As an additional and important feature of the present invention, the molded conductor loaded resin-based material exhibits excellent thermal dissipation characteristics. Therefore, capacitors manufactured from the molded conductor loaded resin-based material can provide added thermal dissipation capabilities to the application. For example, heat can be dissipated from electrical devices physically and/or electrically connected to capacitors of the present invention.

Referring now to FIGS. 1 a and 1 b, a first preferred embodiment of the present invention is illustrated. Several important features of the present invention are shown and discussed below. Referring now to FIG. 1 a, a capacitor device, or capacitor enhanced circuit section, 10 is formed of conductive loaded resin-based material according to the present invention. More particularly, the capacitor 10 comprises plates 12 and 16 of conductive loaded resin-based material where the plates are separated by a dielectric layer 14. In the preferred case, the dielectric layer 14 comprises a resin-based material and, more preferably, comprises the same base resin as is used in the plates 12 and 16. The capacitor 10 is preferably a molded device and is more preferably molded onto or into a circuit where the conductive loaded resin-based material provides electrical connection.

For example, the lower plate 16 or terminal (T2) of the capacitor 10 is injection molded of conductive loaded resin-based material. Next, the dielectric layer 14, comprising the same base resin material but without the conductive loading, is over-molded onto the lower plate 16. Finally, the upper plate 12 or terminal (T1) is over-molded onto the dielectric layer 14. Preferably, the upper and lower plates 12 and 16 comprise the same composition of conductive loaded resin-based material but this is not essential to the present invention. Alternatively, the dielectric layer 14 may be any type of insulator exhibiting a dielectric constant value in the needed range for the particular capacitor. For example, a layer of ceramic, mica, polyester, or paper may be used as the dielectric layer 14. Alternatively, the top and bottom plates 12 and 16 may be separated only by air 14. In this case, the air 14 is the used as the dielectric. The dielectric layer 14 may be applied by over-molding, extrusion, spraying, dipping, coating, or insertion (as in the case of paper). Conversely, the upper and lower plates 12 and 16 may be over-molded onto a previously formed dielectric layer 14. For example, a thin layer of ceramic 14 may first be formed. Then, upper and lower plates of conductive loaded resin-based material 12 and 16 may be over-molded onto the ceramic dielectric 14. Alternatively, upper and lower plates 12 and 16 may be extruded over a pre-formed dielectric layer 14. The plates 12 and 16 may formed as a continuous piece of conductive loaded resin-based material surrounding a dielectric layer 14 and then trimmed, cut, stamped, milled, or the like, to electrically separate the upper and lower plates 12 and 16 and to complete the capacitor.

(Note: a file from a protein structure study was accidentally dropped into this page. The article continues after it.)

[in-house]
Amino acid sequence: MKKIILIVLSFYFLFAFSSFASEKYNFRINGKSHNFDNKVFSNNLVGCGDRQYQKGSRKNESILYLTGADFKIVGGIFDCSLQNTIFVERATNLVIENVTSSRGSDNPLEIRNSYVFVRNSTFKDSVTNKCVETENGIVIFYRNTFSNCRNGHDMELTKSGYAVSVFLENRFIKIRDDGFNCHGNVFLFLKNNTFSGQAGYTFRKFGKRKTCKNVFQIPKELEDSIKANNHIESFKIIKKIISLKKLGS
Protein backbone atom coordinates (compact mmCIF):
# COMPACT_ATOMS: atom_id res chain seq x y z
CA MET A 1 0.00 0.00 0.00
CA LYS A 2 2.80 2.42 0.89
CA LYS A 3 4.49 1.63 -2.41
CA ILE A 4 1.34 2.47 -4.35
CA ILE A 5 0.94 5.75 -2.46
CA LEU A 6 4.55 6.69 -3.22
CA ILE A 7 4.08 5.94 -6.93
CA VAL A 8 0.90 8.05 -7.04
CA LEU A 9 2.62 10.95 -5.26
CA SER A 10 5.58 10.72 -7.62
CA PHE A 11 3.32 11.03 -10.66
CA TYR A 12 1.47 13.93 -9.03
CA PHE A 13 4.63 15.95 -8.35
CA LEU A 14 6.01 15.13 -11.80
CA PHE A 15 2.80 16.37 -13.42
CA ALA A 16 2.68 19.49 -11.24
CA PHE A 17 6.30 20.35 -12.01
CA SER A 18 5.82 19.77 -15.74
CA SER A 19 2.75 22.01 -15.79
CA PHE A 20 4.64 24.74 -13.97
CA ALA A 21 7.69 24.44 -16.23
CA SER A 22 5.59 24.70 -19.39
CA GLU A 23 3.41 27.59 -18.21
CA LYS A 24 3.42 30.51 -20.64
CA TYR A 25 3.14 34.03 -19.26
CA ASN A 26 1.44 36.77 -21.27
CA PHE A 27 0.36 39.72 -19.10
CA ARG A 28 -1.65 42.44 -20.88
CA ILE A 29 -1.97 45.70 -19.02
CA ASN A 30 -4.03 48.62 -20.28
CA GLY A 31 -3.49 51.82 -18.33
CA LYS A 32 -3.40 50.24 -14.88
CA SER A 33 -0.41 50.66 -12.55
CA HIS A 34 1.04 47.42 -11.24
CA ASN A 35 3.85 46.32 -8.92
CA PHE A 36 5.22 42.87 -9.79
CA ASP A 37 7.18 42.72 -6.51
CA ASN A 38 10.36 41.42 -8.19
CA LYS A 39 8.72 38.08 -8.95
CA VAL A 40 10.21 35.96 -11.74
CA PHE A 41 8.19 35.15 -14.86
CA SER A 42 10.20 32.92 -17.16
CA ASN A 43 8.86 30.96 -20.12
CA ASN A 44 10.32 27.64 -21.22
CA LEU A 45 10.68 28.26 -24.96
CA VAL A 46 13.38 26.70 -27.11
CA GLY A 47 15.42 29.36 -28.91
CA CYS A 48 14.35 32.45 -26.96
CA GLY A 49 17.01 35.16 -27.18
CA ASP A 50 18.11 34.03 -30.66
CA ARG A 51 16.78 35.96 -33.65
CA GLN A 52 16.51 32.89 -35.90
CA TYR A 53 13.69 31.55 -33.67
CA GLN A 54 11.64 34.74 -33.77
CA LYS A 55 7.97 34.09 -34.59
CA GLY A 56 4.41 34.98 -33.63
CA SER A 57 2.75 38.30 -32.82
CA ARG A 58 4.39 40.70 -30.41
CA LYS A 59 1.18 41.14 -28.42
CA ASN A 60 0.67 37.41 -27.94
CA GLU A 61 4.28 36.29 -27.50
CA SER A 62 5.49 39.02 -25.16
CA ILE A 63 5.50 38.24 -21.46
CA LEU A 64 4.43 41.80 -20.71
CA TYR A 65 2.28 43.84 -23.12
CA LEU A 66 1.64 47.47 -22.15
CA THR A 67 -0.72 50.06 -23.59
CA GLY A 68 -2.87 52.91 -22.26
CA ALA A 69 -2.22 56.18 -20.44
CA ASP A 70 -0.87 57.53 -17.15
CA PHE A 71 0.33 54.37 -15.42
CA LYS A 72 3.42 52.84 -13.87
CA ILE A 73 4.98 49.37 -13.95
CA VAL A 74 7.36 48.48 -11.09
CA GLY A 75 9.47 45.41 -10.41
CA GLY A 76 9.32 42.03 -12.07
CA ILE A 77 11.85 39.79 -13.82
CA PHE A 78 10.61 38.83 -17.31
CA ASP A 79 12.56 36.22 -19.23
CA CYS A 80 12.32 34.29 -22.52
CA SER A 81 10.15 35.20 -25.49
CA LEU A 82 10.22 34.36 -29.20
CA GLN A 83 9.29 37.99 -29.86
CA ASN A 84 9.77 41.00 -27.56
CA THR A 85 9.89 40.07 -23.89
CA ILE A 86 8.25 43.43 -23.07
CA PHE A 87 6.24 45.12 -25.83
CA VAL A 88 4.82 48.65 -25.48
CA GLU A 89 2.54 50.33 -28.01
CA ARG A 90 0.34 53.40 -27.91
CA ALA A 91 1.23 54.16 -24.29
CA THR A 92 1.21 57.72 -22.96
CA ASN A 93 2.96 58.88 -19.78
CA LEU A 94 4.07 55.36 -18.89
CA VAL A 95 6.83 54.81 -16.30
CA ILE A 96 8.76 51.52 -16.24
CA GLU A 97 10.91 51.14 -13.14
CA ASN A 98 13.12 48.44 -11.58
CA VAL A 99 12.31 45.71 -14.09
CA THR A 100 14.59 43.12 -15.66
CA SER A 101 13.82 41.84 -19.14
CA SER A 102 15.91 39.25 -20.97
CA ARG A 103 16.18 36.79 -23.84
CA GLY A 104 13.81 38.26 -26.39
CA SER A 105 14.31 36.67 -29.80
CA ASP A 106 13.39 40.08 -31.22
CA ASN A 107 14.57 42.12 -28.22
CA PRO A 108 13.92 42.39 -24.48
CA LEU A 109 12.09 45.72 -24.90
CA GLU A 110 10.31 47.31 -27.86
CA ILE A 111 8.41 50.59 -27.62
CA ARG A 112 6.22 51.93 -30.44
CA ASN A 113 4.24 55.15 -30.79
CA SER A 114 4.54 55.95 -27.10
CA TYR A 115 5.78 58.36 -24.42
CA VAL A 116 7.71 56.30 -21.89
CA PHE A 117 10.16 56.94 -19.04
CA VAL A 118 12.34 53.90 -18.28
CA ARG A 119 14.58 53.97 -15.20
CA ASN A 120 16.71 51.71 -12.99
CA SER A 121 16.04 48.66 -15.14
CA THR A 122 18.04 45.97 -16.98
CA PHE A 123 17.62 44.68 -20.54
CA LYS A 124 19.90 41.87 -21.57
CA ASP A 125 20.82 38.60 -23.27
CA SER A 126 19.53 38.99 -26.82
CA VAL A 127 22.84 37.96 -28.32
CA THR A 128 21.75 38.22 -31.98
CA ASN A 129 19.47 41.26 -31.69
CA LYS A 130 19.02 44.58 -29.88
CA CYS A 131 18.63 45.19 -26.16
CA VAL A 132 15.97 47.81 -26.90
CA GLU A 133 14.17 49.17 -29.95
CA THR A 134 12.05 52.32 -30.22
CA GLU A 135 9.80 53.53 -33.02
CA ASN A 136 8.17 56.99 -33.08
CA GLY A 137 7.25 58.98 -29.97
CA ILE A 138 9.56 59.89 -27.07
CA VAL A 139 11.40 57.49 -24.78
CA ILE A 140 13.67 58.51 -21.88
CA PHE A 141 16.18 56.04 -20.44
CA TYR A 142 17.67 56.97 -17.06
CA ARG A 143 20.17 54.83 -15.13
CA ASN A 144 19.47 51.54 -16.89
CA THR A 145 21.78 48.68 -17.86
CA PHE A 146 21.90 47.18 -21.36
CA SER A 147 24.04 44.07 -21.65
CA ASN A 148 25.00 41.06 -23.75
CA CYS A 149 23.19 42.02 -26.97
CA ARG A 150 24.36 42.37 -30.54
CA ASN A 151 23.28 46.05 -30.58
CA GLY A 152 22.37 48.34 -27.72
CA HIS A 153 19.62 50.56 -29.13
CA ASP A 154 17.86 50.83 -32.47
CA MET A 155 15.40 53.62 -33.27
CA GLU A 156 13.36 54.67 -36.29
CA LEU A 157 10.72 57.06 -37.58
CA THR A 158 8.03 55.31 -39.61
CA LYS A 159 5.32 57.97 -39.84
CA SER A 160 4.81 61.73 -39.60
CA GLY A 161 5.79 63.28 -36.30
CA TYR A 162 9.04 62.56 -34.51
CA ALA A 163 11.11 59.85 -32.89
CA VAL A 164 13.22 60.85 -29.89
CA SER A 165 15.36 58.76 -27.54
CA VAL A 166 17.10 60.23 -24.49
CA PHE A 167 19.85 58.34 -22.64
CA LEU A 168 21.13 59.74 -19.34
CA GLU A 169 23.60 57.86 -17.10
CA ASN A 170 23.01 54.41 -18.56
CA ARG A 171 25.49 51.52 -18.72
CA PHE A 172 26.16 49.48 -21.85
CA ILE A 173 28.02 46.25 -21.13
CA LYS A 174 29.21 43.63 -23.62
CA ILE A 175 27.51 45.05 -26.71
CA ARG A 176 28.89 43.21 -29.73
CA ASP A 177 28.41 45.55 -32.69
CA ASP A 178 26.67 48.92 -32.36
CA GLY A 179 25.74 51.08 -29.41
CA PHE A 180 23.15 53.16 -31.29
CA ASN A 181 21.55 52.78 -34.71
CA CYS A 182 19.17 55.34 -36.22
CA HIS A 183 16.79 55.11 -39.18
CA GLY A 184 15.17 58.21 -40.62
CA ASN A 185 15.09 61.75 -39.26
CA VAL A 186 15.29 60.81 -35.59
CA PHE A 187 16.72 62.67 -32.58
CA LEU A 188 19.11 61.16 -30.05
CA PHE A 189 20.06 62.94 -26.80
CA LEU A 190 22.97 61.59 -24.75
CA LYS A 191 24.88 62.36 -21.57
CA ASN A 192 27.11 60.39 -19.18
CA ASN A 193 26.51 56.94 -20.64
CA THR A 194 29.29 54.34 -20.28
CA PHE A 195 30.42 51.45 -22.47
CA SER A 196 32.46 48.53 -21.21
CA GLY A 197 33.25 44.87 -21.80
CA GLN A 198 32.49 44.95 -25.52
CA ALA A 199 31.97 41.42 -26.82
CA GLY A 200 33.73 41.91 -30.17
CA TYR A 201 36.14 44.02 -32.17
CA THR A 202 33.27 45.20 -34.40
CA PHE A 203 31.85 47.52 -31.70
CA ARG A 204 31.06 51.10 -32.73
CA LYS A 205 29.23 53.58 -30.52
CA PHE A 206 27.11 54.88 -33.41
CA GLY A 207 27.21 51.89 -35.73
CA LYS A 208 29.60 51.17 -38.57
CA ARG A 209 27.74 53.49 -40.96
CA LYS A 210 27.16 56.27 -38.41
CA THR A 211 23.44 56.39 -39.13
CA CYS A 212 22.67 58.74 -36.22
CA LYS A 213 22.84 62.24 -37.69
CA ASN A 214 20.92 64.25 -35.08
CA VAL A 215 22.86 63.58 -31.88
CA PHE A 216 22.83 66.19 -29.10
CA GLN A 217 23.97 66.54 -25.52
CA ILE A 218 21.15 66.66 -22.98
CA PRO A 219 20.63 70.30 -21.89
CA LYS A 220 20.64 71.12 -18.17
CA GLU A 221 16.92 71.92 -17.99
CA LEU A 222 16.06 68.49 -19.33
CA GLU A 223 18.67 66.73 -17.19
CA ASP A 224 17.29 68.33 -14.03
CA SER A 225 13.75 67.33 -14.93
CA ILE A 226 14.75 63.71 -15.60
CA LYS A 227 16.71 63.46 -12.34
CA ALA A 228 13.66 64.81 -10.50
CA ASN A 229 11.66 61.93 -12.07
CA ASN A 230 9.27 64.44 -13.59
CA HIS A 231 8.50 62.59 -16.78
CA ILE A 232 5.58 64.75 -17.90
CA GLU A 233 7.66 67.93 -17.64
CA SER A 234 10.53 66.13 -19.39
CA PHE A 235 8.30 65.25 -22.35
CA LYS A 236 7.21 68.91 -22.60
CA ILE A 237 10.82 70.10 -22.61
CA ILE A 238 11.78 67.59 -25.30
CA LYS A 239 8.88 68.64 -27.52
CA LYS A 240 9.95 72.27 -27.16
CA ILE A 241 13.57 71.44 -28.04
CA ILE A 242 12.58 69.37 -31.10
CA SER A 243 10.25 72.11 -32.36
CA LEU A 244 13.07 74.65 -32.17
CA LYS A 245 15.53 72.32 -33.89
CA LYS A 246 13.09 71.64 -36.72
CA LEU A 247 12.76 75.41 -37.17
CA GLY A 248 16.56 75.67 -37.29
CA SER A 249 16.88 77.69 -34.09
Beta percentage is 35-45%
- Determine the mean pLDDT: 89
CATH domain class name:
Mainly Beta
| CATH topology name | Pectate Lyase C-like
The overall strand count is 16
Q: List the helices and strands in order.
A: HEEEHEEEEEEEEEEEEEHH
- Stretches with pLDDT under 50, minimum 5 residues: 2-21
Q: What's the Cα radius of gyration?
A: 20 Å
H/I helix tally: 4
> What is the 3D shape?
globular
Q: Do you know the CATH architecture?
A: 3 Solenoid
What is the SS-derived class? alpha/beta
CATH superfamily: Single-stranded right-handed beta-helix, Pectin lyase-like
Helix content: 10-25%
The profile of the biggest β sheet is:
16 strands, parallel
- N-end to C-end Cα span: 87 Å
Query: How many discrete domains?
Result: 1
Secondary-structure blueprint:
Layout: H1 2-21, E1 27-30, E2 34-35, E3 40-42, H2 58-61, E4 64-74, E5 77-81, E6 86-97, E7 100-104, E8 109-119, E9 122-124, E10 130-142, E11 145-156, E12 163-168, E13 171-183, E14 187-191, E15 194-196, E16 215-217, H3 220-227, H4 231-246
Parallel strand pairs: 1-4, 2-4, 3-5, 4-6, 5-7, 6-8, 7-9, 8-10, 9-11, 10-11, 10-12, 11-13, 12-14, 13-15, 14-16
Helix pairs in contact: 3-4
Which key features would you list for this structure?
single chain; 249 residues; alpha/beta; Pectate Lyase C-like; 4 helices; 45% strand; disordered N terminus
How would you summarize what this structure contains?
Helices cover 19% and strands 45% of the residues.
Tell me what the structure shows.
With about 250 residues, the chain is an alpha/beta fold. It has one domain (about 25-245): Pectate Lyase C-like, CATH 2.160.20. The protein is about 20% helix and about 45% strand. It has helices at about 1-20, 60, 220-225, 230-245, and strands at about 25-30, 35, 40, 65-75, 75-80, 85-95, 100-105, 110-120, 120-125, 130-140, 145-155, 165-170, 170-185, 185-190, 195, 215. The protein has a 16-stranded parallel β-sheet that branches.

Referring now to FIG. 1 b, multiple layers of conductive loaded resin-based material 20, 22, and 24 may be used to form a laminated stack 18. Here, the middle layer 22 of the stack is one capacitor plate or terminal (T2), while the upper most and lower most layers of conductive loaded resin-based material 20 and 24 are connected together to form the other capacitor plate (T1). Dielectric layers 21 and 23 are used to separate the capacitor plates 20, 22, and 24. Molding techniques, such as calendaring, that are useful for forming sheets of resin-based material, may be used according to the present invention to form sheets of conductive loaded resin-based material 20, 22, and 24, which can then be stacked with intervening dielectric layers 21 and 23 to form large value capacitors. For example, the stack 18 may be bound together using ultrasonic welding.

The conductive loaded resin-based capacitor plates 20, 22, and 24 of the present invention allow the capacitor devices to be molded into a circuit or a circuit housing. Further, these plates can be formulated to exhibit excellent corrosion and/or electrolysis resistance and/or moisture penetration resistance such that the resulting capacitor structure can be used in environmentally challenging environments. For example, by selecting a corrosion resistant base resin and a corrosion resistant conductive load, such as stainless steel, the resulting capacitor plates 20, 22, and 24, can be made corrosion resistant. In addition, the resistivity of the conductive loaded resin-based material can be easily optimized by altering the ratio of doping material to base-resin material. In this way, a passive resistance value can be built into the capacitor plates 20, 22, and 24. The ability to mold the capacitor devices into the circuit or housing facilitates reducing the number of discrete capacitor components in a circuit to thereby reduce part count, tooling costs, and assembly complexity. As yet another alternative, the inner plate 22 may comprise any conductive material including a metallic material. In this case, a dielectric layer 21 and 23 may be coated onto the metal inner plate 22. Then a conductive loaded resin based material 20 and 24 is simply over-molded onto the metal inner plate 22 with a dielectric coating 21 and 23 therebetween to form the capacitor 18.